Candidate Spin Spam

Public Relations Spam from Candidates Most of the e-mail messages I get from campaign flaks and other public relations types automatically tag and sort into my “PR Spam” folder. The last couple of days have been especially heavy, with 43 messages through early this morning. The lion’s share have been from the Romney and McCain campaigns.

Every time I write about the topic, such as my “Netiquette” piece for the Politico with Jeff Mascott, or talk to public relations professionals in the government or business sectors, I’m always told how obvious my advice to target and limit one’s message is.

And yet they continue to send dozens of messages a day. Do they really think this is the most effective way to get people on their side?

FILED UNDER: Blogosphere, Campaign 2008
James Joyner
About James Joyner
James Joyner is Professor and Department Head of Security Studies at Marine Corps University's Command and Staff College and a nonresident senior fellow at the Scowcroft Center for Strategy and Security at the Atlantic Council. He's a former Army officer and Desert Storm vet. Views expressed here are his own. Follow James on Twitter @DrJJoyner.

Comments

  1. Michael says:

    Large images like that really screw with the page formatting. Have whomever is maintaining the site’s design add a “clear: both” style attribute to an element after the article, that should fix it.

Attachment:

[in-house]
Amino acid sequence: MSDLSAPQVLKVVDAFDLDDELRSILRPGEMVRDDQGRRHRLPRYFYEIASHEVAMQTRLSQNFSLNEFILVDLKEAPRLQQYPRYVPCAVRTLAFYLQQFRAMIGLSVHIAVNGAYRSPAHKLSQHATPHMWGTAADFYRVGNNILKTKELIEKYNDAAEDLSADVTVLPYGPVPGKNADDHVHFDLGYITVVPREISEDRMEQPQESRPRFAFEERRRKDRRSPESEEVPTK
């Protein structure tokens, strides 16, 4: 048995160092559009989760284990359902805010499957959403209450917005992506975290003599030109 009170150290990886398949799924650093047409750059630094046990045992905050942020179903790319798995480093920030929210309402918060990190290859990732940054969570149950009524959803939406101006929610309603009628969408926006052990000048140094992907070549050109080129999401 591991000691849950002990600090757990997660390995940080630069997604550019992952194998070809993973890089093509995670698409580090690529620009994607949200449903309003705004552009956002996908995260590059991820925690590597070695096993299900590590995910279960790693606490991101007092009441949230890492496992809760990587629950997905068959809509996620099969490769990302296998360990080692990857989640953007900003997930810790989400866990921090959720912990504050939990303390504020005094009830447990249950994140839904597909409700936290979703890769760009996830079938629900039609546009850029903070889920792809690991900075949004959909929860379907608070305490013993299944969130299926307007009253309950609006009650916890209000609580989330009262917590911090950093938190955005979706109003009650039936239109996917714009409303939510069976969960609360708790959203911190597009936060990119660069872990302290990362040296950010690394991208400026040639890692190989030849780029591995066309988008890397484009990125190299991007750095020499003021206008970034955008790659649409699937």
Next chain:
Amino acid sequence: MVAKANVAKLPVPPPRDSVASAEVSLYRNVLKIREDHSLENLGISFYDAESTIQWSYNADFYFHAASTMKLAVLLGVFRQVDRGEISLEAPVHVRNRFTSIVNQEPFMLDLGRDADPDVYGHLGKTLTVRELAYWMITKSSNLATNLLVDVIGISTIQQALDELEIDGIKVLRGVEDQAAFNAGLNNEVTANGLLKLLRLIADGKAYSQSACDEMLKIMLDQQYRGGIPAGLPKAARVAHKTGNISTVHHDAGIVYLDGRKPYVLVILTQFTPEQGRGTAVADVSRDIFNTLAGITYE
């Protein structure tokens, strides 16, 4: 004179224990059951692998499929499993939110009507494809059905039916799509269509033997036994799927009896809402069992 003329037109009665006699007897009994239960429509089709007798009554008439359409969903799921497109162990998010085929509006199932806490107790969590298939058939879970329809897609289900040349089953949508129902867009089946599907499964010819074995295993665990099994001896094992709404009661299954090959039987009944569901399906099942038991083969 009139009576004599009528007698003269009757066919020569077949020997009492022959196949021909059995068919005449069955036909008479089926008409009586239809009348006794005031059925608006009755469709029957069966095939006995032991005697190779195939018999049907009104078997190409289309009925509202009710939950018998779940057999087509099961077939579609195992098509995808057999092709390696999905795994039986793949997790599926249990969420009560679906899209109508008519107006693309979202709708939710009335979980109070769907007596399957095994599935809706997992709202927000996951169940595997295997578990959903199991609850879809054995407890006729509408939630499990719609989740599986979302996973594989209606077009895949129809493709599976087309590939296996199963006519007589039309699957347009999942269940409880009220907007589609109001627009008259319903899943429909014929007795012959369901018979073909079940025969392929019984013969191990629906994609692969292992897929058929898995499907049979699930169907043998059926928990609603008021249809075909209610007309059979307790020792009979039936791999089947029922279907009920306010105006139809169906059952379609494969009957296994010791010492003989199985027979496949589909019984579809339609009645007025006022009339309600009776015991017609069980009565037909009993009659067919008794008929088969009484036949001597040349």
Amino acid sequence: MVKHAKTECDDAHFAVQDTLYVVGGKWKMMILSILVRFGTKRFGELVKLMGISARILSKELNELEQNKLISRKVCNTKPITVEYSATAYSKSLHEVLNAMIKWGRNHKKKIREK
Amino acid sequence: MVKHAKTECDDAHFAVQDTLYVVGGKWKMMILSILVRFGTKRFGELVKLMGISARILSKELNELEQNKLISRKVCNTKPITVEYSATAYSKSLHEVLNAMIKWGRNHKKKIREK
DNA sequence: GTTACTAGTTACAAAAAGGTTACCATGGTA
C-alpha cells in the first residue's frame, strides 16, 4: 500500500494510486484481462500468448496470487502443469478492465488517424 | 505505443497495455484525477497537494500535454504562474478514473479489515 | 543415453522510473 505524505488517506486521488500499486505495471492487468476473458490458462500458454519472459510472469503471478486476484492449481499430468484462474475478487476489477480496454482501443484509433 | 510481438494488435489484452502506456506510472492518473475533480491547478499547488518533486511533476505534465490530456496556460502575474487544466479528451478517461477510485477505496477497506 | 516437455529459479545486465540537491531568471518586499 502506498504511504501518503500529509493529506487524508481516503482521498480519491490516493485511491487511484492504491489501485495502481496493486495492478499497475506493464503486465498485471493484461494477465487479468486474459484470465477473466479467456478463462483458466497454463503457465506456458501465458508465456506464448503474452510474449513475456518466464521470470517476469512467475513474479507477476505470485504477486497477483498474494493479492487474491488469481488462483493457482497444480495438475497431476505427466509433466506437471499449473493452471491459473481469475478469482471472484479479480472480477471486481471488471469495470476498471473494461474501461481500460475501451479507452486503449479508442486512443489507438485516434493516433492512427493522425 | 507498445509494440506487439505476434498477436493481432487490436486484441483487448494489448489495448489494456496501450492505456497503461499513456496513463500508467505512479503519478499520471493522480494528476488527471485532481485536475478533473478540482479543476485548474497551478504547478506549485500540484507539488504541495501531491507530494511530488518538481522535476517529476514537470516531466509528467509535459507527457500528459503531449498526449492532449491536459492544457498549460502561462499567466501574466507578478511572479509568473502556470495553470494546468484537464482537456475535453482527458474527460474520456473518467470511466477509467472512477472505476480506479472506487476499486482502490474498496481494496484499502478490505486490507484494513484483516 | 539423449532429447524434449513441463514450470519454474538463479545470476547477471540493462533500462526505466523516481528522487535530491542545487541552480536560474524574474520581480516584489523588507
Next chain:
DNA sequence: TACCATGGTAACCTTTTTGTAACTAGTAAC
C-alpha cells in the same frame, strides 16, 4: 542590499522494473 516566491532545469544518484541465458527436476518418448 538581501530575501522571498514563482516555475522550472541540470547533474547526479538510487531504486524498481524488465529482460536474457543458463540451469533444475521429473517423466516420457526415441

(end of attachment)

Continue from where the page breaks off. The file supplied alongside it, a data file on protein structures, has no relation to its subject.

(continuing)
http://www.w3schools.com/css/css_classification.asp

  2. FireWolf says:

    Hell James, if it works for spammers why not campaign activists?

    😉

  3. James Joyner says:

    Large images like that really screw with the page formatting.

    What are you seeing? In both Firefox and IE, it’s displaying fine for me. I keep image sizes under 600 pixels so that they don’t expand the middle column; this one’s 427.

    Usually, I specify an image size by a width= command but it doesn’t work well for text-intensive images, so I just cropped it.

  4. James,

    I think Michael is referring to the fact that the image extends down into the next post.

  5. James Joyner says:

    I think Michael is referring to the fact that the image extends down into the next post.

    Thanks. Oddly, it doesn’t on my screen and I use fairly large resolution. But, apparently, with very large resolution, it does.

    Michael suggested a fix offline that I’m having Ed look into.